Rick C
 

Galaxiedan

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I would love to hear the conversations/ complaints that took place when the automobile first came out. I imagine some were pretty close to comments above.
No matter what you think of electric cars and new technology in general you have to give Tesla some credit for pushing the envelope in development and features.
I love my diesel trucks and V8 mustang but would own a Tesla if I could afford it. The main thing that bothers me about most of the new cars and technology is its lifespan. With the short lifespan of electronic components i cant imagine a 30-40 year old Tesla on the road like you see 60s muscle cars.
 

CGDustDevil

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Wyandot Jim said:
You didn't mention the price, nor the battery charge time.

Since it isn't my car I don't have a clue.

The Model 3 is in the area of 35-40K. No idea about the battery drive time, but they used to advertise a "35K car that will go 1000 miles on a charge". The ONLY reason I know any of this is that there is supposedly a Tesla plant coming to our little town. We'll see if it materializes, but it did spur me to do a little research on the things.

Regards, Pete
 

kramden

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May be the wave of the future, not certain about that. Don't know if I would ever invest that much money in something I don't have much faith in. One thing I do know is the resale value of electrical (I know partial) cars like Prius and the Chevy Volt is pretty poor. Reason being as I understand it is to replace the batteries is horribly expensive.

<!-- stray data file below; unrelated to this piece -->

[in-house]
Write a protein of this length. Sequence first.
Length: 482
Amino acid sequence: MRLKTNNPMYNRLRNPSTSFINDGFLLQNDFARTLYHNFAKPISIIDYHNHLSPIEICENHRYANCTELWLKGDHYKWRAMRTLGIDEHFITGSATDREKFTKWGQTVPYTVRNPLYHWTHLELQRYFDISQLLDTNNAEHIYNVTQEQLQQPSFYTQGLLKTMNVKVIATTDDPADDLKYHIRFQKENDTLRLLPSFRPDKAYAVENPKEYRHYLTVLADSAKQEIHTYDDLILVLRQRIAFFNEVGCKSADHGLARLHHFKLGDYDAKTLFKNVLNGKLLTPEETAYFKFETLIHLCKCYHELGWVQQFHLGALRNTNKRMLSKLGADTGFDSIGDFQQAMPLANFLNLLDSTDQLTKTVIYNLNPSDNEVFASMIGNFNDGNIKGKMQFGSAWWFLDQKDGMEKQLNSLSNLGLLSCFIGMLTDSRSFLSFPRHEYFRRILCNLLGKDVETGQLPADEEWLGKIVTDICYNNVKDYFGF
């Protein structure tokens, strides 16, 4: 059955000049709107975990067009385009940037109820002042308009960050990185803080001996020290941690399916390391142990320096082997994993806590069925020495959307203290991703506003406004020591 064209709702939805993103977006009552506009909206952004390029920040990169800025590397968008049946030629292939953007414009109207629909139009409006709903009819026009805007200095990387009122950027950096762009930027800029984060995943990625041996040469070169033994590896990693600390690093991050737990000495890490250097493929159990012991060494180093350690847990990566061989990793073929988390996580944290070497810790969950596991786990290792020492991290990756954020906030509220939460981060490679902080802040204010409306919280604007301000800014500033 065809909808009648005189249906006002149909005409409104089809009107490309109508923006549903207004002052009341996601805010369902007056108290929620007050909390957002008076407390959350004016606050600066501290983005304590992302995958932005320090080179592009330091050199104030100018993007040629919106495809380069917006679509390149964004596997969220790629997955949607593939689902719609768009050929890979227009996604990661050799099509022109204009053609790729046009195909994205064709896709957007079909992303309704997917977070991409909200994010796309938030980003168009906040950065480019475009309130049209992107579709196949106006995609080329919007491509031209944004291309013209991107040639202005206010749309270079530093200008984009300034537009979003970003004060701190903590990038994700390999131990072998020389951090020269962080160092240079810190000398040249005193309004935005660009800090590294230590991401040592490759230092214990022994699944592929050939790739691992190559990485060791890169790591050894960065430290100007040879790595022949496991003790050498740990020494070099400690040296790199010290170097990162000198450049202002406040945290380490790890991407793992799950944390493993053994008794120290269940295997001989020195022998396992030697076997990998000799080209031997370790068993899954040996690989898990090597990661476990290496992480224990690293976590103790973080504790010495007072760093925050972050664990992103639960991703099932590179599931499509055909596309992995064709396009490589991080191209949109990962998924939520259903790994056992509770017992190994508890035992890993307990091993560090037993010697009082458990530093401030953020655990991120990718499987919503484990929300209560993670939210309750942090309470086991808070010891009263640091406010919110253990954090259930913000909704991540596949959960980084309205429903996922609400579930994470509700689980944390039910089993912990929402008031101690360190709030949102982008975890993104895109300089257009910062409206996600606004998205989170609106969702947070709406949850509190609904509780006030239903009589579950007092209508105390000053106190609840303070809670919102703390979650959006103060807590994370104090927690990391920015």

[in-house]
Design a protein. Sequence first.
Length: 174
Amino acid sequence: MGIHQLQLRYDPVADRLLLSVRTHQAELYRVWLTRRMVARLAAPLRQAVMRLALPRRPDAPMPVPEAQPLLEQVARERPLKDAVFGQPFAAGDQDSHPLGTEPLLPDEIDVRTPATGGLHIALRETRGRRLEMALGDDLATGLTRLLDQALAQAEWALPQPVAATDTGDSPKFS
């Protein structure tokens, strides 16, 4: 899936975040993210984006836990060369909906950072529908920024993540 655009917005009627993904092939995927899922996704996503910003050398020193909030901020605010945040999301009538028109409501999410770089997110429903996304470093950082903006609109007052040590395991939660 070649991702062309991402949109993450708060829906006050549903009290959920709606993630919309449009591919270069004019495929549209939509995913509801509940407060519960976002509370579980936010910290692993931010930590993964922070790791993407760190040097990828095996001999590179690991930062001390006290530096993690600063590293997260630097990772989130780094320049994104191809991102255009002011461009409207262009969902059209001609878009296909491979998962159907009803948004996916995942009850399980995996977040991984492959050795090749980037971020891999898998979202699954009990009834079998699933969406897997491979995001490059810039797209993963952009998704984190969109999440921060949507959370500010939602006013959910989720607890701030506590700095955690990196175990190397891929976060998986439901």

Johnnu2

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Will the Tesla work with my flip-phone? Would I have to turn it 'on'..???
:))))))))
J (who never even trusted auto-pilot completely)
 

GunnyGene

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Monroe County, MS
Everything you ever wanted to know about batteries, but were afraid to ask. Including EV's.

https://batteryuniversity.com/learn/

In particular, EV's: https://batteryuniversity.com/learn/article/electric_vehicle_ev
 

Watchman

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Teslas are quite popular in Europe, due to their higher fuel costs.

In fact, when I was visiting Amsterdam last year I noticed that a very high percentage of their taxis were Teslas, and I inquired about them. I was told that The Netherlands is trying to go all electric over the next decade or so, and therefore they put huge taxes on gas and diesel cars that make Teslas more than competitive in price.

To each their own...
 

kramden

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Watchman said:
Teslas are quite popular in Europe, due to their higher fuel costs.

In fact, when I was visiting Amsterdam last year I noticed that a very high percentage of their taxis were Teslas, and I inquired about them. I was told that The Netherlands is trying to go all electric over the next decade or so, and therefore they put huge taxes on gas and diesel cars that make Teslas more than competitive in price.

To each their own...
And once they have nothing but electrical vehicles they will be looking to replace those lost tax revenues. HAHAHA.